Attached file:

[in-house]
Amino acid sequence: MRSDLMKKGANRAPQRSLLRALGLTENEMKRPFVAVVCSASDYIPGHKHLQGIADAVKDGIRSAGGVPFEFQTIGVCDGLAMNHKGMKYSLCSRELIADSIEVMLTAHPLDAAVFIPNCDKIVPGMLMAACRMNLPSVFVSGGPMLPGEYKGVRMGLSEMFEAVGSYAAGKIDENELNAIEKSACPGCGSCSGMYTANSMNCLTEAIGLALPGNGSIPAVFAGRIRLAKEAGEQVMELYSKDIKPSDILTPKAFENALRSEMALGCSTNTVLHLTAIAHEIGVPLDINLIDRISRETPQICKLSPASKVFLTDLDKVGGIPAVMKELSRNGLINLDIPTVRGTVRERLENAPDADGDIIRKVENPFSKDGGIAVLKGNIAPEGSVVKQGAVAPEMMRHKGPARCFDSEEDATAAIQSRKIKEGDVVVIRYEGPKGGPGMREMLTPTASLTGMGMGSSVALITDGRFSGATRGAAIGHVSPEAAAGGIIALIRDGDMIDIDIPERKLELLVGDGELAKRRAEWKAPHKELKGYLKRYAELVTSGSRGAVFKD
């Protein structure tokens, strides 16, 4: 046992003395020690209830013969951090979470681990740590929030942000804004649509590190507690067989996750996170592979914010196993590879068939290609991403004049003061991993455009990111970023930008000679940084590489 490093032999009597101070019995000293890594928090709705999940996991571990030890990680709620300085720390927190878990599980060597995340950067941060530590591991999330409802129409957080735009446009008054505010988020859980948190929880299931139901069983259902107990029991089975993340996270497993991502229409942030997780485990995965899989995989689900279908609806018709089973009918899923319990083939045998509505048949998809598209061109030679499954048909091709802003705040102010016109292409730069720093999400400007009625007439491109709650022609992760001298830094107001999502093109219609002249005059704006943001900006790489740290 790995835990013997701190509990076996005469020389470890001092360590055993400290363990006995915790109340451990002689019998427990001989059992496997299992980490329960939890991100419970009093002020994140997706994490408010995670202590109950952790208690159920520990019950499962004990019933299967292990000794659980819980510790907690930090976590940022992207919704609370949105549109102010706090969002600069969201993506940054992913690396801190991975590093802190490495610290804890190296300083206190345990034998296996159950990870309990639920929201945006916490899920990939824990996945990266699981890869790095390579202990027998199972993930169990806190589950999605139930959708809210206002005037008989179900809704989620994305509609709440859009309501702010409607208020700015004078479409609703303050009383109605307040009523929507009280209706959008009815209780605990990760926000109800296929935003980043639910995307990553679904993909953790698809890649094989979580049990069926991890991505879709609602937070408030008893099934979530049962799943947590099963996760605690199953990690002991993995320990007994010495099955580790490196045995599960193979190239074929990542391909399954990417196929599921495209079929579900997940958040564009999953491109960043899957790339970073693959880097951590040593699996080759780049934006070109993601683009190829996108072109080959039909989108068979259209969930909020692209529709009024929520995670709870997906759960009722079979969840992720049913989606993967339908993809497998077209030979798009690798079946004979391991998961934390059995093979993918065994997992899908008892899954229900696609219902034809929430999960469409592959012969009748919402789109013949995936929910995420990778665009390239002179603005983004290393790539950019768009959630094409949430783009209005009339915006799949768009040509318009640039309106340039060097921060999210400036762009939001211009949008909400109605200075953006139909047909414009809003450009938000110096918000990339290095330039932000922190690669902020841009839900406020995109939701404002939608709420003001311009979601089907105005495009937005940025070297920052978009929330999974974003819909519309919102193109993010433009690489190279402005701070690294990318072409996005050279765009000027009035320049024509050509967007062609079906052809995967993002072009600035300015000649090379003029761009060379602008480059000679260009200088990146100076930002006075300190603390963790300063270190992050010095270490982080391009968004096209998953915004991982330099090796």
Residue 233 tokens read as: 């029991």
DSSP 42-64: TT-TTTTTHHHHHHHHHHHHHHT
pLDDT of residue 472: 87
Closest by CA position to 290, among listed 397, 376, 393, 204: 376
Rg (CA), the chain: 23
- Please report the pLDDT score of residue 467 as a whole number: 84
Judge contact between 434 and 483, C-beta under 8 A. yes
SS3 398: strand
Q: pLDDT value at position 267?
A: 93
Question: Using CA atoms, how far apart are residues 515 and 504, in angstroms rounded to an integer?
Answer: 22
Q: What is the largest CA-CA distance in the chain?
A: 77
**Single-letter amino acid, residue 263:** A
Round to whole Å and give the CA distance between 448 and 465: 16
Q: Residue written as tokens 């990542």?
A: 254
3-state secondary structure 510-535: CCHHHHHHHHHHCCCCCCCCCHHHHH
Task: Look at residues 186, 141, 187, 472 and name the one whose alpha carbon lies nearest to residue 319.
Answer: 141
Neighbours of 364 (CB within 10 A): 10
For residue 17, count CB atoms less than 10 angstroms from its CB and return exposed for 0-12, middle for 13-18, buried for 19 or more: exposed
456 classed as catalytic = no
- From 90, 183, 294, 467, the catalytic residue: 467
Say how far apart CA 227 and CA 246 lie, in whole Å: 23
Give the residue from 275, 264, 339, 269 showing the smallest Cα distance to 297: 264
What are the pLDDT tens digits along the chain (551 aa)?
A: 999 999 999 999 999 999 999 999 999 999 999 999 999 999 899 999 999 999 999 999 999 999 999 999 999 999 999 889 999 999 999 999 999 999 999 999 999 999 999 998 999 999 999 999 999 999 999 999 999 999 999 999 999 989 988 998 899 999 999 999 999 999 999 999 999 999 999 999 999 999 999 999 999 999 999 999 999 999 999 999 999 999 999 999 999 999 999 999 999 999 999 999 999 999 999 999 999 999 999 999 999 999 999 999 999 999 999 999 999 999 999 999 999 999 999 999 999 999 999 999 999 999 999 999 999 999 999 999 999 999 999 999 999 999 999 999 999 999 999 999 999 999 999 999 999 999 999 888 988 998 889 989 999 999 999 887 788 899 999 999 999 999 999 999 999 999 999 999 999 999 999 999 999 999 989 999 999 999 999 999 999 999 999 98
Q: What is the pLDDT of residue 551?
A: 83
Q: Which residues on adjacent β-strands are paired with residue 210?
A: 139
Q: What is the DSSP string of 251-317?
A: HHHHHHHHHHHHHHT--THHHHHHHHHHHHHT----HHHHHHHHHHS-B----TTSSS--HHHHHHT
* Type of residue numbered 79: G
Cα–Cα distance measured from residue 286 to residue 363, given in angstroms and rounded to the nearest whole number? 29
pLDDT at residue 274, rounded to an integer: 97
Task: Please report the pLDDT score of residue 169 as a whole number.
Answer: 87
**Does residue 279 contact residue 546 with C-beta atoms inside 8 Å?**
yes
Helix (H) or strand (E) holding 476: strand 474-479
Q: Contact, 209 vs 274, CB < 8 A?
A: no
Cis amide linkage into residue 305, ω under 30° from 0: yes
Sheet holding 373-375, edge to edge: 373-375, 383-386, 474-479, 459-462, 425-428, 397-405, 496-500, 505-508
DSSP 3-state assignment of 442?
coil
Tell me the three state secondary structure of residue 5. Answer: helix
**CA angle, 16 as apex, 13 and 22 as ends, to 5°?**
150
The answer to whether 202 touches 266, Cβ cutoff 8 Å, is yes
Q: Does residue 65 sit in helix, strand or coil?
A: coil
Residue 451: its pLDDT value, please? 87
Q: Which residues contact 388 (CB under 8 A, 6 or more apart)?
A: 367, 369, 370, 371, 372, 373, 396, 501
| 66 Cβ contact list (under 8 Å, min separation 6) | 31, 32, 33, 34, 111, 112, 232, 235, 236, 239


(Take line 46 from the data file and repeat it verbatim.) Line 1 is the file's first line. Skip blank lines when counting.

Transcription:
Helix (H) or strand (E) holding 476: strand 474-479